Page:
I often find myself thinking about my cousin Michael Brennan. He was a firefighter assigned to the Pride of Midtown firehouse in Manhattan. I first met him in 1990 soon after I arrived in New York City and was immediately impressed with his wonderful sense of humor and the way he made me feel truly welcome. He had the unique qualities of physical strength coupled with childlike gentleness. I sensed a good soul. Always jovial, he had a ready smile and a sharp wit. His greatest desire was to become a firefighter. When he finally realized his ambition his sense of pride was all consuming. He seemed to walk just a little taller and his stride appeared to be a little bit longer. On the morning of Sept.11 2001 he responded to the call of duty like so many of his comrades, and made his way back to Manhattan. He never came back home.
I stepped out from my apartment on a glorious August morning and was greeted by the aroma of the plants and shrubs in the flower beds that ran the length of the Avenue. The heady scent took my breath away, as it always did. The trees were in full leaf and the sun was warm. I waved to Jim the doorman and motioned for him to straighten his hat. Jim was a good doorman but had a habit of wearing his hat pushed back on his head and slightly tilted, which is a no-no for a Park Avenue doorman. As I walked to the corner I barely noticed the blare of the two way traffic or the impatient honking of the cab drivers as I stood there enjoying the moment. The low rumble of a Metro North train heading uptown underneath the avenue barely caught my attention. I was thinking how fortunate I was to be living in that great neighborhood. The sanctuary of Central Park was not more than two blocks away and from the moment I stepped inside, the city disappeared, the noise faded and the magic would begin. I normally used the entrance beside the Metropolitan Museum and would make the Egyptian obelisk the first stop on my rambles.
Suddenly, my reverie was interrupted when I was grabbed from behind in a bear hug, lifted up in the air and told, “Aha! I’ve got you now you Irish Mick.” I knew right away that it was Michael as bear hugging was his favorite method of greeting. I would not have been surprised if he hugged real bears, he was burly enough and I am sure he had many opportunities to do so as he loved the outdoors lifestyle.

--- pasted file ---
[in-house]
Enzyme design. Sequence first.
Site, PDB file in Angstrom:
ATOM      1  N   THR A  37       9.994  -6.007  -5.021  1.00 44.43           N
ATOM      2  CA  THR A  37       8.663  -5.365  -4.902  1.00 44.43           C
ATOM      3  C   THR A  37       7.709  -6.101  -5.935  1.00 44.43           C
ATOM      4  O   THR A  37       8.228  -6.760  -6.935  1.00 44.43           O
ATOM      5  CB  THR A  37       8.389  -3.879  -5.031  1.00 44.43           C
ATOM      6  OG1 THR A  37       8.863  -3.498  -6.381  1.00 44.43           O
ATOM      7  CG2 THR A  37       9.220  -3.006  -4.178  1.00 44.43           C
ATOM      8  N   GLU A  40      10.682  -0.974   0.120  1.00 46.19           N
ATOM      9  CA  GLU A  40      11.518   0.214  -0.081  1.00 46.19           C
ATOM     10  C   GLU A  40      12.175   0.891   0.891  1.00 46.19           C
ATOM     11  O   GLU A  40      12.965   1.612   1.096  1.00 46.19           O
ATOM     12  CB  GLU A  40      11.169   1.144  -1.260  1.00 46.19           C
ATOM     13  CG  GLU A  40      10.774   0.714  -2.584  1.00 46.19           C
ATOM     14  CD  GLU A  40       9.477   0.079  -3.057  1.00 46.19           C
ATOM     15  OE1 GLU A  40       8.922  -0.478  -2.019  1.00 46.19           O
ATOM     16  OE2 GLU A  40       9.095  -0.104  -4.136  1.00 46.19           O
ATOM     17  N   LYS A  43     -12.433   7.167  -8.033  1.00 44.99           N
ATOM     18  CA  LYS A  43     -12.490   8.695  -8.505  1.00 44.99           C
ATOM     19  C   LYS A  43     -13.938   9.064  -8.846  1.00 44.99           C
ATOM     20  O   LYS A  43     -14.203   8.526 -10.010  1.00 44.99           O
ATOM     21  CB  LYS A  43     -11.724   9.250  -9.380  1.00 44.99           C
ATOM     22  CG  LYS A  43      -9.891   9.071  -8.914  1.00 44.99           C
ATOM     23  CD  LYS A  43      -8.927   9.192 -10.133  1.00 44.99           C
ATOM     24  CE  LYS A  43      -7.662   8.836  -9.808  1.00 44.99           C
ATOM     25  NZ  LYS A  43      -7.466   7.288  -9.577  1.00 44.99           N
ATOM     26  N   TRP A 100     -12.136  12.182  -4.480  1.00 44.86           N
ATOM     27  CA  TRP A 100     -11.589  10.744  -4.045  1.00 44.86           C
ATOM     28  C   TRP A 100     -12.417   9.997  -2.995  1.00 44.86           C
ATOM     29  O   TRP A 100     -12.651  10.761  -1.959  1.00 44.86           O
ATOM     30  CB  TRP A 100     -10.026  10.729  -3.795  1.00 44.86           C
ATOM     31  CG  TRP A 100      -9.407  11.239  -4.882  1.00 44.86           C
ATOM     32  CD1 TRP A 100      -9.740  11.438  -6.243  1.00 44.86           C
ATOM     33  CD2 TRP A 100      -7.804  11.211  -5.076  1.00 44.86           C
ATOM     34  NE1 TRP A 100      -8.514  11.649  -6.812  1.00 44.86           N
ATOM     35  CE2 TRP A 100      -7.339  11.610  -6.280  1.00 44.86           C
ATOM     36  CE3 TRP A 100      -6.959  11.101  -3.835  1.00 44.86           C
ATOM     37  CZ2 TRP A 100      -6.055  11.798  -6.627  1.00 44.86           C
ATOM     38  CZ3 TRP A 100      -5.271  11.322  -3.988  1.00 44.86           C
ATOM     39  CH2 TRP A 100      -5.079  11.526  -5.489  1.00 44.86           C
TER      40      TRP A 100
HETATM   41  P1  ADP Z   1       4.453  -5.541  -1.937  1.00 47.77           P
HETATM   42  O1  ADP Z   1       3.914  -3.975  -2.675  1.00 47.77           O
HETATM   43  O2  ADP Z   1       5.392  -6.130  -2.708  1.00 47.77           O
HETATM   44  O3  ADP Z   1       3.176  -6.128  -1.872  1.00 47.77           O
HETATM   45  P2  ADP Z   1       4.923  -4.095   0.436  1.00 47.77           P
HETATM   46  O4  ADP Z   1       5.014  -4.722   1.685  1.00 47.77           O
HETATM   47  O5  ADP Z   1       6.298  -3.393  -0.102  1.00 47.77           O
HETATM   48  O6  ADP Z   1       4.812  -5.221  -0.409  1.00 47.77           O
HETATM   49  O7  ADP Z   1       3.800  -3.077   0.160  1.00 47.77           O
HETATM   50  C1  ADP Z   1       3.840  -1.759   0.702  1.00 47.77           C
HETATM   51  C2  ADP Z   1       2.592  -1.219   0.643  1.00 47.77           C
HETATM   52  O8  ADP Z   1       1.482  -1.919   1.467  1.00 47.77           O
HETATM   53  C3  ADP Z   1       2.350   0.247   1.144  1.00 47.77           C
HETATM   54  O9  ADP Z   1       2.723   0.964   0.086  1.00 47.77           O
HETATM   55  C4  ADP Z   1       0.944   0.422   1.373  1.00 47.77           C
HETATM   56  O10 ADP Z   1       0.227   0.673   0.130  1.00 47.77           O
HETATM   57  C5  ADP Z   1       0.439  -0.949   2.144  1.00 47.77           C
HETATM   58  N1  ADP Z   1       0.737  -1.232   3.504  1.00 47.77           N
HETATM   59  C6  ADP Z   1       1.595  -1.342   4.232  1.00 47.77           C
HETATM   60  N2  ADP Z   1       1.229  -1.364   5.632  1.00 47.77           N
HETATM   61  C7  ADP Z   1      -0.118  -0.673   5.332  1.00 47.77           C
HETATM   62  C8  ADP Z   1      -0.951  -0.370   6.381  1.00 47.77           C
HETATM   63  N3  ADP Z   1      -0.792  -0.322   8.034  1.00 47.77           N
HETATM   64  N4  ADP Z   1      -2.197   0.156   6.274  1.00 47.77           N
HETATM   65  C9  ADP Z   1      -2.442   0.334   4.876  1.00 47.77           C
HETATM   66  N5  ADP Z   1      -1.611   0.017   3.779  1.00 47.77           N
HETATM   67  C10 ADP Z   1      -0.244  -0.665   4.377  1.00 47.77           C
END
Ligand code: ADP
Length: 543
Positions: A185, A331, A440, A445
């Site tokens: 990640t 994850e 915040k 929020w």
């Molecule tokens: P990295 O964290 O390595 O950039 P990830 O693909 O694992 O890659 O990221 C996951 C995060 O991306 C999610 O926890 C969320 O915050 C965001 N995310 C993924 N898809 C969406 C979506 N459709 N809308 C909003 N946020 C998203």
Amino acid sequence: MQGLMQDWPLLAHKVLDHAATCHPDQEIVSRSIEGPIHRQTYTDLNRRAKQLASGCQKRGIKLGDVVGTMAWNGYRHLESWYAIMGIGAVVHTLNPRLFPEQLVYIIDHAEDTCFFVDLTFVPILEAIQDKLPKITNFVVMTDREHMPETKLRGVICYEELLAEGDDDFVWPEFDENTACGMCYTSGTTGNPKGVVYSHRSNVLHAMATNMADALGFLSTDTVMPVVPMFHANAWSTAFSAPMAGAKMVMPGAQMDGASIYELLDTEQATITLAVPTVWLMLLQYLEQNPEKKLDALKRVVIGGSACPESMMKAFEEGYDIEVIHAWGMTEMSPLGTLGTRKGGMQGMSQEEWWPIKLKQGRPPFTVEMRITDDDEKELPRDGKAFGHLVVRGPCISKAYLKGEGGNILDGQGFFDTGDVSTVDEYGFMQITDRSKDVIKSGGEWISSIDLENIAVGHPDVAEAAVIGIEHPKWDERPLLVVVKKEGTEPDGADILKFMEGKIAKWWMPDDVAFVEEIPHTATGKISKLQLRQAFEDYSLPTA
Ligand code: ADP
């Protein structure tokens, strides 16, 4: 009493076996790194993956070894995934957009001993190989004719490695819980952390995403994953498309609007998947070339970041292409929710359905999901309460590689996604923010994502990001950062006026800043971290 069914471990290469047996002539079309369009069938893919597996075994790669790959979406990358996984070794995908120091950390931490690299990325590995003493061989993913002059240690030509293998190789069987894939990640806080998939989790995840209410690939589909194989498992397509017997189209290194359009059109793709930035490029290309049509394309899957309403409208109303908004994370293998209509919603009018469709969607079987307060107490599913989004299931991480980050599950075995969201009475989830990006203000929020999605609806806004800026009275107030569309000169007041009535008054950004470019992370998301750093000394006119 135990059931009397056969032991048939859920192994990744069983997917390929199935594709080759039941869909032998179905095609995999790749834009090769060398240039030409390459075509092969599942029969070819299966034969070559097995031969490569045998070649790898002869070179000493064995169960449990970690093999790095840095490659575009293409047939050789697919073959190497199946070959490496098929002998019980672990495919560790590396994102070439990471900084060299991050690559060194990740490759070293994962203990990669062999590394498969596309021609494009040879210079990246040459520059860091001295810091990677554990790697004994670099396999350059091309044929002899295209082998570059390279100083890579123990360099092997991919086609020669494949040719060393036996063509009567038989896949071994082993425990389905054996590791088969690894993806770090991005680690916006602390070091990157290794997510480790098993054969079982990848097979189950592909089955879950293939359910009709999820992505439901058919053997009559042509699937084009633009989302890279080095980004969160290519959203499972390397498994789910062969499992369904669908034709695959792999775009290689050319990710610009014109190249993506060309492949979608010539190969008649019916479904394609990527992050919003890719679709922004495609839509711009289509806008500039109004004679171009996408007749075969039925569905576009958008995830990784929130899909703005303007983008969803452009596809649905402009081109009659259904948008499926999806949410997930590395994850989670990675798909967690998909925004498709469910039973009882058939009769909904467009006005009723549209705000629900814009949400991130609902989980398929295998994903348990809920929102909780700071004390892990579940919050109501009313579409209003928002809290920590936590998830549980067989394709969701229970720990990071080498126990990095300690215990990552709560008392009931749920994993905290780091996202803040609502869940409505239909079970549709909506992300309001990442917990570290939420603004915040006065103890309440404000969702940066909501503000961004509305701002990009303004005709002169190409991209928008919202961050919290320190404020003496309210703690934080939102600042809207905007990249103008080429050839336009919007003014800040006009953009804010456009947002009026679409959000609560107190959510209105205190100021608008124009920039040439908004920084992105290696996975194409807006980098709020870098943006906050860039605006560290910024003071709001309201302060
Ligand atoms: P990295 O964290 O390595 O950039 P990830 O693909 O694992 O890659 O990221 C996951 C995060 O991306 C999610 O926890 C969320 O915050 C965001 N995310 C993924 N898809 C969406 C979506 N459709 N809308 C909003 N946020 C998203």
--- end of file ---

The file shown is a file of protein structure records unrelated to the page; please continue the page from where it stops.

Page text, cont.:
"Sorry to wake you up," he said laughing and when he finally decided to put me down we talked for a while like old friends. He spoke about his uncle Joe who had recently returned to Ireland and we talked about our Irish heritage and of course women. I cracked an old, familiar joke about how ‘fast women and slow horses’ had always been my downfall and he roared laughing and added, "Don't forget the bad whiskey." Isn't it strange the things that we remember later?
He always laughed at that joke even though I must have told it a hundred times. He was like that. We chatted for more than an hour and as he was about to leave I asked him a question that had been on my mind for some time but never got around to asking. I said, “Michael, of all the careers at your fingertips why on earth did you pick one of the most dangerous when you could have chosen the one that the rest of the family follows?” I was referring to the fact that many of his relatives, including me, were building managers. He paused for a split second, looked me directly in the eye and with matter of fact seriousness answered, “Cousin, maybe one day I will have to come into your building and carry you out.” His answer simple yet so profound, confirmed everything that made Michael one of those special beings we are fortunate to meet in this lifetime. He was one of those rare breeds who would, literally, lay down their lives to save others. He truly did lead by example and showed us all that actions do indeed speak loudest.
Three weeks after that black day in September, I was sitting on my couch with my daughter who was staying with me for a few days. The topic of conversation was Michael. His body had not yet been found and we were waiting anxiously for news. Ever since the dark, fateful day of his disappearance I kept a lighted candle on my coffee table. It was an old Irish custom meant to welcome home anyone parted from their loved ones. As we sat there talking quietly, a sudden blast of cold air swept across the room and extinguished the candle flame. Joanne and I noticed it at the same time and quickly looked at each other with open mouthed surprise. No more than two minutes later the phone rang. The voice on the other end informed me that Michaels’ remains had been recovered from the rubble of the twin towers.
I am so glad that I got to meet Michael and get to know him, if only for a few short years. If I hadn’t, I’m certain that it would have been one of those regrets my father had warned me about all those long years ago.
From: Don’t Die with Regrets: Ireland and the Lessons my Father Taught Me.
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The Journey: A Nomad Reflects.